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#4828: Auguste comments on Toto Constant


Key words: Convicted, criminals, deportees, convicted aliens,  INS, removal 
proceedings, convictions, deportation.

Mr. Roody Barthelemy made a very good argument juxtaposing the removal of 
convicted aliens from the United States back into their place of origin, in 
this case Haiti, and the US position in shielding Toto Constant. However to 
avoid weakening this major theme of his posting it ought to be pointed out 
that the removed aliens are convicted of committing crimes in the United 
States while Toto Constant is accused of having committed crimes in Haiti and 
not while in the US.

Furthermore the Immigration and Nationality Act and its 1996 amendments by 
the Antiterrorism and Effective Death Penalty Act (AEDPA) and Illegal 
Immigration Reform and Immigrant Responsibility Act (IIRIRA) of 1996 targets 
criminals who also are (1) permanent residents (2) temporary "non-immigrant" 
student, visitor, worker, (3) temporary resident, pending approval for 
permanent status, or (4) undocumented.  

US citizens by birth or naturalization (the so called Haitian-Americans), are 
not subject to removal under the Act. 

There have been US citizens removed (hastily and erroneously) from the US 
pursuant to the INA of 1996. However once those removed under that law can 
prove to the US authorities that they are citizens of the United States they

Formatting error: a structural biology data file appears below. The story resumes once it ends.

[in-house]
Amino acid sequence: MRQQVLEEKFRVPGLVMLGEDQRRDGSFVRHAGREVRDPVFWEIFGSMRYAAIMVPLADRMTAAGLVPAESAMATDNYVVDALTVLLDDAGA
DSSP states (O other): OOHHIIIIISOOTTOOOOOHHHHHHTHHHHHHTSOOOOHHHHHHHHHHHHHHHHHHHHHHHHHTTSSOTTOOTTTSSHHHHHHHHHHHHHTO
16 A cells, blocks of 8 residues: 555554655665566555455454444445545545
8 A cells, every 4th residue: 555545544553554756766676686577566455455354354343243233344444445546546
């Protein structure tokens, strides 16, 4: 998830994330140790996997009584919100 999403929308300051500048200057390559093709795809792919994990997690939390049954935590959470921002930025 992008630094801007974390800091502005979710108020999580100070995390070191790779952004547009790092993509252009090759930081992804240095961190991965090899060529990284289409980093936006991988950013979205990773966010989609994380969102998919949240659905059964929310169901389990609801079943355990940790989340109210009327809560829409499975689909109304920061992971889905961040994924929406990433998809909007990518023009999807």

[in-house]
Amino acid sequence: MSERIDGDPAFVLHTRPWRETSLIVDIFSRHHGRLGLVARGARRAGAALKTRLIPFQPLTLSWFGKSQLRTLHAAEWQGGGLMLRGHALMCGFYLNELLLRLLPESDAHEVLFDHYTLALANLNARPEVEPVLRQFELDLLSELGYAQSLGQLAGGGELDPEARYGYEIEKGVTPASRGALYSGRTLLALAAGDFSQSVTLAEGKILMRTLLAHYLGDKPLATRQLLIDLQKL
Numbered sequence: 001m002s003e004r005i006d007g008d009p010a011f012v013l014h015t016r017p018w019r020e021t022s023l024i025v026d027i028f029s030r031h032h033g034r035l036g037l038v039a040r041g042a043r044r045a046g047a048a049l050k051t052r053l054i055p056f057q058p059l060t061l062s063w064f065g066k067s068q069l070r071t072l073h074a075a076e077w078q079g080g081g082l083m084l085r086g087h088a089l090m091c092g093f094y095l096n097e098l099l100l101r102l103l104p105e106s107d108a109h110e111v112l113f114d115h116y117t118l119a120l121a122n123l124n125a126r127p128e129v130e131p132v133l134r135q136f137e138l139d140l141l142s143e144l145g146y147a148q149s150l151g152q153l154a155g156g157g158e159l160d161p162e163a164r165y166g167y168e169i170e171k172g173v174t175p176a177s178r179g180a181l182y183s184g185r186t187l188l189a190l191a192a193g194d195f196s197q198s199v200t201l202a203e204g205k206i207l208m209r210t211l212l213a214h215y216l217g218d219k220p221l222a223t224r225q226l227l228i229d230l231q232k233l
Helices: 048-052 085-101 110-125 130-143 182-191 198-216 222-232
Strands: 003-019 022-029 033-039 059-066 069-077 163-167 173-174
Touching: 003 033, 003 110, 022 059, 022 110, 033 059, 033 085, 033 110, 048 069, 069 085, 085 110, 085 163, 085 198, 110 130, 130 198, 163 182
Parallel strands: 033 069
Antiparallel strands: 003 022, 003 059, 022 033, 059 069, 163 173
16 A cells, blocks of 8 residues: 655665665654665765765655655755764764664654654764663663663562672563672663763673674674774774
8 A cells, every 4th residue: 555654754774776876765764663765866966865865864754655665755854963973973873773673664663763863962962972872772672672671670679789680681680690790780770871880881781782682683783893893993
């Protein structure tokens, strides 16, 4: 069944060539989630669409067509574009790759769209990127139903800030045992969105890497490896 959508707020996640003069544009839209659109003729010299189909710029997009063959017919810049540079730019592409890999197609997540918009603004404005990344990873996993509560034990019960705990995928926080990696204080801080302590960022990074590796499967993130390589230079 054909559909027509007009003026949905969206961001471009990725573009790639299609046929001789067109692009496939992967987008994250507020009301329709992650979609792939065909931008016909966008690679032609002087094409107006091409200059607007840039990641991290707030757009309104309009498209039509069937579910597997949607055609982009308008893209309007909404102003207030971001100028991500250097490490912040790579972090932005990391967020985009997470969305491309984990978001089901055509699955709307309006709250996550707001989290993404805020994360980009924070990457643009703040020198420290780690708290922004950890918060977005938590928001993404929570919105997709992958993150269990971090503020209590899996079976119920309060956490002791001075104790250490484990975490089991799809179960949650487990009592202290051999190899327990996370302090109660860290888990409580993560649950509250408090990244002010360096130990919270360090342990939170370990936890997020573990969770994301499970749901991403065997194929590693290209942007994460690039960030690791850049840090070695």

are entitled to be repatriated and that has recently taken place for an 
unfortunate young man removed out of Miami and who while in Haiti almost died 
for lack of medical attention and medication in relation to his medical 
status as an HIV infected person. His case was widely publicized in the Miami 
Herald of recent past. 

In closing I would like to add that removal does not always require a 
conviction. Some criminal-conduct grounds for removal in section 1227 (a) do 
not require the existence of a conviction. These include immigration 
offenses, such as: 

alien smuggling [See(Section 1227(a)(1)(E))(except of immediate relatives), 
marriage fraud (Section 1227(a)(1)(G)), and false claim of citizenship 
(Section 1227(3)(D)] 

and criminal acts relating to national security [See(Section 1227(a)(4)], 

violation of a domestic protective order [See(Section 1227(a)(2)(E)(ii)] 

and drug abuse or addiction. [See(Section 1227(a)(2)(B)(ii)] 

Since one cannot neatly package evidence of unadjudicated conduct into 
certified "pen packets" and copies of judgments and sentences, the INS 
usually relies on convictions to prove removability. A common exception, 
however, is evidence of immigration violations, such as marriage fraud and 
alien smuggling, developed by INS or Border Patrol investigations. 

Jean-Robert B. Auguste, Esq.